Why You Should Think Twice Before Eating Airplane Shrimp

Let's admit it: We have a love-hate relationship with airplane food. Some of us get excited seeing that food cart roll down the aisle. Maybe it's because airplane food tastes different, or because unique culinary experiences can sometimes feel like a luxury. On the other hand, the thought of eating stale, frozen airplane meals can be so nauseating for some passengers that they refuse to entertain the idea of munching on in-flight food, even if just to pass the time.

Commercial flights didn't initially offer much in the name of entertainment. To compensate, the post-World War II era of air travel featured multi-course meals on flights like lobster, carved roast beef, and prime rib (via The Atlantic). But airlines couldn't sustain fine dining as flying becoming more accessible and cheaper. The golden age of airplane meals was soon over. And if there were any lingering hopes of a return to the glory days of in-flight dining, the pandemic has likely shattered them.

In-flight dining has evolved a lot since it was incorporated into flights. Despite innovations in airline catering, there are still some foods you should never eat on a plane. One such food is shrimp, and it's not because of its texture or taste.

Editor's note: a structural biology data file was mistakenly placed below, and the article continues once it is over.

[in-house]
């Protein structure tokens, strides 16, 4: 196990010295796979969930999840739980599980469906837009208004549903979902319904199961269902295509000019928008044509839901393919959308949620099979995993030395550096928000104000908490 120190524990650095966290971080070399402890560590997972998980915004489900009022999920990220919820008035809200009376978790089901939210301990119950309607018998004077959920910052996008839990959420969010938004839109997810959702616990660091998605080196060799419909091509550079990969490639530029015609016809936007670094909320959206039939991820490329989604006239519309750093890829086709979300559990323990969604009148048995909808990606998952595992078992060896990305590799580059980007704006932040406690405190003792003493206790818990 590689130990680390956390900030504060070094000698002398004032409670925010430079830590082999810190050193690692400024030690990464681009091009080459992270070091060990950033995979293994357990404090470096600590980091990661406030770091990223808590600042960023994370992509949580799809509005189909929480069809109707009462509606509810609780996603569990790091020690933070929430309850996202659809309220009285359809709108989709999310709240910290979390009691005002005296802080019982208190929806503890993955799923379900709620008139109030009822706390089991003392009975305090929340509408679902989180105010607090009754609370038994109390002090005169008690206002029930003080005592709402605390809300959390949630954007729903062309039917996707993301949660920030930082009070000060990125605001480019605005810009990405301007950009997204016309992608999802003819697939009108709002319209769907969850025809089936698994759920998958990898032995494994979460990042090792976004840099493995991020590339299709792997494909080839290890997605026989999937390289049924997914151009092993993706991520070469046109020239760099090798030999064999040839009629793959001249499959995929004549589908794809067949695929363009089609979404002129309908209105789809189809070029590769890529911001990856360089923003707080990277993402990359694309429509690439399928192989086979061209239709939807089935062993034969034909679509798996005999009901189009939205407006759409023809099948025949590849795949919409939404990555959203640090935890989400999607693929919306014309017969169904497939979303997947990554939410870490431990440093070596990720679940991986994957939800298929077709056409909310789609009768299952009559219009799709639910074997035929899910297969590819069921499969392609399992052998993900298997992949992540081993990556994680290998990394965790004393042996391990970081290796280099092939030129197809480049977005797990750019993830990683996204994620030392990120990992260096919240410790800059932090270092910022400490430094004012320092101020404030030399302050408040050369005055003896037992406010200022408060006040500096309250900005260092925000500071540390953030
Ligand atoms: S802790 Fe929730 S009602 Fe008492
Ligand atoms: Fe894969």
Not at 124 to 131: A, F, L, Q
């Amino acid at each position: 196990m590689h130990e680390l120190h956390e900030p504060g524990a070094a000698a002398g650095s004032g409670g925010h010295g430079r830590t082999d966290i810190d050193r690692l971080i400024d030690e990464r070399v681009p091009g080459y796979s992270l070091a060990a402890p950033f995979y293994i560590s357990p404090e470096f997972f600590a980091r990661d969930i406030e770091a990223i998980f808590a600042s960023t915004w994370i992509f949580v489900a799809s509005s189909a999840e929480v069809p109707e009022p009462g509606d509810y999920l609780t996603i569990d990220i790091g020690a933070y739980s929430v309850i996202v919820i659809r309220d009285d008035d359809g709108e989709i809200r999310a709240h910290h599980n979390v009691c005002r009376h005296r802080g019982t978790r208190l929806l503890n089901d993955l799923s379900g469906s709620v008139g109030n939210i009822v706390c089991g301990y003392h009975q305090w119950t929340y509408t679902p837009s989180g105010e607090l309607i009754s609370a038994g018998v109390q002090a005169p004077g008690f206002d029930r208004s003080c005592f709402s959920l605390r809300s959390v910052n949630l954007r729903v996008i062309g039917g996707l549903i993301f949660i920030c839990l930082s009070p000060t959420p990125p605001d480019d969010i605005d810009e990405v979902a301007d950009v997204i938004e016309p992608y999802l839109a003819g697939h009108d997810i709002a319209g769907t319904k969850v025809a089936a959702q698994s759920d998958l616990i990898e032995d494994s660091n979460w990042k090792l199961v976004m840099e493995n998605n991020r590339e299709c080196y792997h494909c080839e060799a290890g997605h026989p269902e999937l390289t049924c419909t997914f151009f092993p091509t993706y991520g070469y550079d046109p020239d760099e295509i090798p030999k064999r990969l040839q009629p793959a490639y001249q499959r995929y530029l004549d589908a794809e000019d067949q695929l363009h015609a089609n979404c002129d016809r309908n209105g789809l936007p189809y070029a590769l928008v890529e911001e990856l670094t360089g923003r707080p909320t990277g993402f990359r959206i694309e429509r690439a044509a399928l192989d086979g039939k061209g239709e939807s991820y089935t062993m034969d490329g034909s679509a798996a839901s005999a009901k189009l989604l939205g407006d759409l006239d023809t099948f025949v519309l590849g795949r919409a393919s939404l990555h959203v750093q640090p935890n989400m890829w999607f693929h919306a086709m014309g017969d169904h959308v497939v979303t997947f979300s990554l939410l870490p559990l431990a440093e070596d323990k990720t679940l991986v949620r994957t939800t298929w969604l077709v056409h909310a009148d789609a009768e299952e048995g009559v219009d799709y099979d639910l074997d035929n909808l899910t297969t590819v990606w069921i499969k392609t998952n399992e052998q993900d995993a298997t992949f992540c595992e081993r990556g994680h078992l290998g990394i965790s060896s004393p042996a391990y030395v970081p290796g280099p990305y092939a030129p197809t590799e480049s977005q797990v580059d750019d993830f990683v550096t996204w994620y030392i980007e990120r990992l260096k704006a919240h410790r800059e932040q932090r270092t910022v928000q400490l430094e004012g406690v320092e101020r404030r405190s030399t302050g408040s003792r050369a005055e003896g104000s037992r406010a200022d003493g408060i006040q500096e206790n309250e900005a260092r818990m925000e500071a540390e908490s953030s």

Airplane shrimp could make you very sick

The airline industry's priority for serving meals is safety, not taste (for obvious reasons). However, there are still some foods that can make you sick. If you love eating shrimp, you may have devoured the seafood while on an airplane. Shrimp is one of the most consumed seafoods in the United States (per NOAA). But if you find shrimp on your airplane menu, it would be best to steer clear. 

Airline food safety expert Jean Dible warns that there can a variety of pathogenic bacteria in shrimp served on planes (via CNBC), noting, "All seafood, but in particular shrimp and oysters, are pretty darn dangerous ... They serve a lot of shrimp aboard first-class." 

If you're taking her warning lightly, you may want to consider one hard-to-swallow 2015 study by Consumer Reports that found 60% of frozen shrimp sampled were contaminated with bacteria. The samples contained traces of potentially harmful bacteria, including salmonella, listeria, vibrio, and E. coli. The study noted that 2% of the frozen shrimp sampled were contaminated with the superbug MRSA (Methicillin-resistant Staphylococcus aureus).

While bacteria wasn't specifically mentioned as the reason why the late chef Anthony Bourdain couldn't stand airplane food, it's safe to say it's more than enough reason for us to dismiss the idea of shrimp cocktails on any flights in the future.